• financial orders only, even if you have children
  • consent orders
  • Hague Abduction Convention orders
  • child support, or
  • an amended application (relating to a child that is the subject of the current application).

General information and responsibilities

Pre-action procedure objectives

The objectives of the pre-action procedures are to:

  • encourage early and full disclosure through the exchange of information and documents about relevant issues
  • help people resolve their differences quickly and fairly, and to avoid legal action where possible. This will limit costs and hopefully avoid the need to start court proceedings
  • where an agreement cannot be reached out of court, help parties to identify the real issues in dispute. This should help reduce the time and costs involved in court proceedings, and
  • encourage parties to seek only those orders that are realistic and reasonable on the evidence.

Your obligations as a prospective party to a case

If your attempts at FDR are unsuccessful, you:

  1. will need to exchange some written correspondence with the other prospective parties to clearly identify exactly what issues remain in dispute. This is explained in more detail in the Step-by-Step section of this brochure, and
  2. must comply, as far as possible, with the duty of disclosure.

The best interests of the child is the Court’s paramount consideration when resolving or determining parenting disputes. At all stages during the pre-action negotiations and during any proceedings in the Court, you must keep in mind the following:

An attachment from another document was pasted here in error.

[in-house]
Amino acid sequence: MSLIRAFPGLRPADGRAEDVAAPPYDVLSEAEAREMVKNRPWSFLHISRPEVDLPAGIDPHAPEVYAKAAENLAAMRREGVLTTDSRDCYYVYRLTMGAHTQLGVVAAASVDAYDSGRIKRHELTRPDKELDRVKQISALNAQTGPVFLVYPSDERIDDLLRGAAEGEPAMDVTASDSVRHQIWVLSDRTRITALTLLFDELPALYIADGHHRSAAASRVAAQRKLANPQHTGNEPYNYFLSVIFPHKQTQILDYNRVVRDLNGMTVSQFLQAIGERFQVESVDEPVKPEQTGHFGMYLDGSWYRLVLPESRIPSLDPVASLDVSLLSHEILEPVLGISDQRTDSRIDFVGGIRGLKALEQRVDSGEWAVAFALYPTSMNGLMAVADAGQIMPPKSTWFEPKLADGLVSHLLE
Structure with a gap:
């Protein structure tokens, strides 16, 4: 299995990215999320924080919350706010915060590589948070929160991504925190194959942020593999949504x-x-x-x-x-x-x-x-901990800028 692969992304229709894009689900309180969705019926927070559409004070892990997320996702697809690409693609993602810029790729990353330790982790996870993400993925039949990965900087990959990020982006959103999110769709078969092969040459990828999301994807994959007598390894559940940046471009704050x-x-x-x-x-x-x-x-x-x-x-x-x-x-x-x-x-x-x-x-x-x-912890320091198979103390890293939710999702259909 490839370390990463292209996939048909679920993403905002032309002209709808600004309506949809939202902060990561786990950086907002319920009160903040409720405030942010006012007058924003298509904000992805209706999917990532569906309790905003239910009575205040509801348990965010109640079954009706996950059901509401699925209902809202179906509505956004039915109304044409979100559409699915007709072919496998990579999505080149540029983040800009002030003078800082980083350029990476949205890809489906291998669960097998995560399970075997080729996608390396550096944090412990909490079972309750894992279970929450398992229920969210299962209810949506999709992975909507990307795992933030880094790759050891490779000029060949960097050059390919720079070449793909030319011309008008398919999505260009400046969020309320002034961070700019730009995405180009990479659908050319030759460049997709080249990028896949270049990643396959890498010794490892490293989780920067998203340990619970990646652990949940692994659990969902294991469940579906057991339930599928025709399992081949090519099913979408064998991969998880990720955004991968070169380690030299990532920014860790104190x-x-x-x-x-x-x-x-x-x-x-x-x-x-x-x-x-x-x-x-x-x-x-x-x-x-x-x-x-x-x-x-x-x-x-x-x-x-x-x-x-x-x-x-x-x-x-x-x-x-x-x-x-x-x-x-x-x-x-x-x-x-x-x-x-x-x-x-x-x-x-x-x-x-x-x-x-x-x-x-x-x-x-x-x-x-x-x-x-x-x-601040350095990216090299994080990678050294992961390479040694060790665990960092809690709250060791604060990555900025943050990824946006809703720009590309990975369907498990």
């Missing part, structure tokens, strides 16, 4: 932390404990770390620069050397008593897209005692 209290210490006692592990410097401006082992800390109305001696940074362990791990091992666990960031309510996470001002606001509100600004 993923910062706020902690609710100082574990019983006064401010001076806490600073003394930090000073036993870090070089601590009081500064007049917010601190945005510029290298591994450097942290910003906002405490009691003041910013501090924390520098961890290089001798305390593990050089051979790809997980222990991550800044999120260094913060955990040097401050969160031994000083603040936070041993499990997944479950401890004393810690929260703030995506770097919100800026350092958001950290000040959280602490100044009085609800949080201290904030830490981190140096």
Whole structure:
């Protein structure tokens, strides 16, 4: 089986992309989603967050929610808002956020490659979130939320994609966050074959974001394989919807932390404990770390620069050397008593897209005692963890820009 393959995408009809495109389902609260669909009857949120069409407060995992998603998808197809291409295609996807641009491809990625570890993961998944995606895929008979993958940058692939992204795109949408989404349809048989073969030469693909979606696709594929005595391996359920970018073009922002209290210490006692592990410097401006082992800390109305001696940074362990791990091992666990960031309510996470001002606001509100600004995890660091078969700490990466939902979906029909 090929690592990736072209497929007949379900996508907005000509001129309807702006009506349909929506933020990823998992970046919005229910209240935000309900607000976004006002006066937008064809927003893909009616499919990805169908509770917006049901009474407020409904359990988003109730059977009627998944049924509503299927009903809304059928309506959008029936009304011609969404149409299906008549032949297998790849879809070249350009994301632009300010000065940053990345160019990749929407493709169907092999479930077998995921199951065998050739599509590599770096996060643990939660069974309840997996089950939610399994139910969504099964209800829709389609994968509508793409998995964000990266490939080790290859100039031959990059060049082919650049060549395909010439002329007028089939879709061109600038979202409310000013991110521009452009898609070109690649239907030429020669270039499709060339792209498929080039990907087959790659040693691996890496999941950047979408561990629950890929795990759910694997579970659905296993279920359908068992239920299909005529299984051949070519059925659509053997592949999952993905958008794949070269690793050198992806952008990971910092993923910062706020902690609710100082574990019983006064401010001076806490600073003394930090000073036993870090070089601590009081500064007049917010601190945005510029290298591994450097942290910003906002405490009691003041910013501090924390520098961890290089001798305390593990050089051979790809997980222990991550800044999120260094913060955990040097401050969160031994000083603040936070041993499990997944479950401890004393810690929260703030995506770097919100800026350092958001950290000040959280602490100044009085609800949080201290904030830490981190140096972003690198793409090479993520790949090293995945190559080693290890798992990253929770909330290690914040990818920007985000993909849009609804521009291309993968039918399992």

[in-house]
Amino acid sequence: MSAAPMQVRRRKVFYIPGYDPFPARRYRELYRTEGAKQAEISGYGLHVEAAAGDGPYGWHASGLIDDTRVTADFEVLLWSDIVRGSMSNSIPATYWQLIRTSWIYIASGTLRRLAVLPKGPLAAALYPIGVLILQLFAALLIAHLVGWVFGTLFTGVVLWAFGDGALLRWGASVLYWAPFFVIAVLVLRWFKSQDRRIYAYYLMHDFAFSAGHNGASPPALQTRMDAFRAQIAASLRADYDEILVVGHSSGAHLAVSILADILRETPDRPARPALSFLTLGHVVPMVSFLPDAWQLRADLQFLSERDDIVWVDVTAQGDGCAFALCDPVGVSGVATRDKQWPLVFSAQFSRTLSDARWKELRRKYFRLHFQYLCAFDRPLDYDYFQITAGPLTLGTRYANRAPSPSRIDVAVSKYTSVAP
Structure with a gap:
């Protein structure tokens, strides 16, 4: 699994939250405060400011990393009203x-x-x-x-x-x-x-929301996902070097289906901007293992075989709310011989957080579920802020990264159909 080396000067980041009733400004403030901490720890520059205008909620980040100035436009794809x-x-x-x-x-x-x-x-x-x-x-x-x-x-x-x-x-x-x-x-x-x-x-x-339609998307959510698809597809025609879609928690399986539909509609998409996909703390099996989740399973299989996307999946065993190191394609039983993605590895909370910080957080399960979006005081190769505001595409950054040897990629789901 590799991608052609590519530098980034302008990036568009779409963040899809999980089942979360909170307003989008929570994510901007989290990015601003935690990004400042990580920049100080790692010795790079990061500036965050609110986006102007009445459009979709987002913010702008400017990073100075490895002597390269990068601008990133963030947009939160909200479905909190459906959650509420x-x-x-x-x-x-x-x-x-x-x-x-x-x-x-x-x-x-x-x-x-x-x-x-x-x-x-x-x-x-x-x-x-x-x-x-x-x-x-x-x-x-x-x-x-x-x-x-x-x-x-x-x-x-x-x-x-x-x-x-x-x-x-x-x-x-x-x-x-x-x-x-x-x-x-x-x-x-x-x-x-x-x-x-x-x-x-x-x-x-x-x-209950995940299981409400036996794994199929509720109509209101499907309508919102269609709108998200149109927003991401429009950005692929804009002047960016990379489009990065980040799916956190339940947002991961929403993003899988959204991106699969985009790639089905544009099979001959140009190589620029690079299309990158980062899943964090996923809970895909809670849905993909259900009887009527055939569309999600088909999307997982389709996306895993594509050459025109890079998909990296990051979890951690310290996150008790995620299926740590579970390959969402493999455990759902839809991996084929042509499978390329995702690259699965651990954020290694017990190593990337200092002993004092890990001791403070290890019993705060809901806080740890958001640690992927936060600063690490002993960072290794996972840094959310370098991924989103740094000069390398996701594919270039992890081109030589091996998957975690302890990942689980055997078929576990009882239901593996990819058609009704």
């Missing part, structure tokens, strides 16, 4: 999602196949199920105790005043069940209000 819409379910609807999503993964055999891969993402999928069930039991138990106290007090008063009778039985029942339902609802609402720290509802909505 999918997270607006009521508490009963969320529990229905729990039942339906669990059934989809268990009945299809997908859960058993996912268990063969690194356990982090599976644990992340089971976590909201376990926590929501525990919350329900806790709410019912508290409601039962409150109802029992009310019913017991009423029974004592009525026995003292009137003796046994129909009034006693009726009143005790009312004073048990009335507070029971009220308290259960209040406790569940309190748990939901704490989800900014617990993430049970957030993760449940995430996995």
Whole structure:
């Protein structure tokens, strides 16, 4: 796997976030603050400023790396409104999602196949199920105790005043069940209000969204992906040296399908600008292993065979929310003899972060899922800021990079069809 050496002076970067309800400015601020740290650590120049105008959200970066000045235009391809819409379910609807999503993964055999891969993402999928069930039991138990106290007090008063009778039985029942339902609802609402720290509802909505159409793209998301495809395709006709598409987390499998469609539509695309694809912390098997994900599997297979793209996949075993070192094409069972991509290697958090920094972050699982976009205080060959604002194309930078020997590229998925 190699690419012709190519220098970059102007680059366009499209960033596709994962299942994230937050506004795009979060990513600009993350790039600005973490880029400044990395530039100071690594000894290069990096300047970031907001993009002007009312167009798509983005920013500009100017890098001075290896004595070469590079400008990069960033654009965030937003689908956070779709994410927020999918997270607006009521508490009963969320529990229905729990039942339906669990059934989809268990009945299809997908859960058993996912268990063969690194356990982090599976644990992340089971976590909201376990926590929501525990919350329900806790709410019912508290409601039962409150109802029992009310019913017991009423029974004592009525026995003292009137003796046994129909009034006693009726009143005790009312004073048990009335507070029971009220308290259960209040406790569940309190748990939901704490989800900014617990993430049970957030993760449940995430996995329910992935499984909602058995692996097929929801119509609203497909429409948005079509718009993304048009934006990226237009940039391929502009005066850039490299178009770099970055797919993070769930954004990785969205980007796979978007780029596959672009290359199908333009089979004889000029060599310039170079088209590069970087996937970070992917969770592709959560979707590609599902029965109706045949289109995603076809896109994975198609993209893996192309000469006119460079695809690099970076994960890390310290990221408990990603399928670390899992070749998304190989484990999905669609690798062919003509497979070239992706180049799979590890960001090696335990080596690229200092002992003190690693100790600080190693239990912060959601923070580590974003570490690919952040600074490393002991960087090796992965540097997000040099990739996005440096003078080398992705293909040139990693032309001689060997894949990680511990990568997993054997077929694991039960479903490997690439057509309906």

• the need to promote the safety of the child and each person who has care of the child (including safety from being subjected to, or exposed to, family violence, abuse, neglect or other harm)
  • any views expressed by the child 
  • the developmental, psychological, emotional and cultural needs of the child
  • the capacity of each person who has or is proposed to have parental responsibility for the child to provide for the child’s developmental, psychological, emotional and cultural needs
  • the benefit to the child of having a relationship with both parents and other people who are significant to the child, and the benefits the child gains from the parents cooperating with one another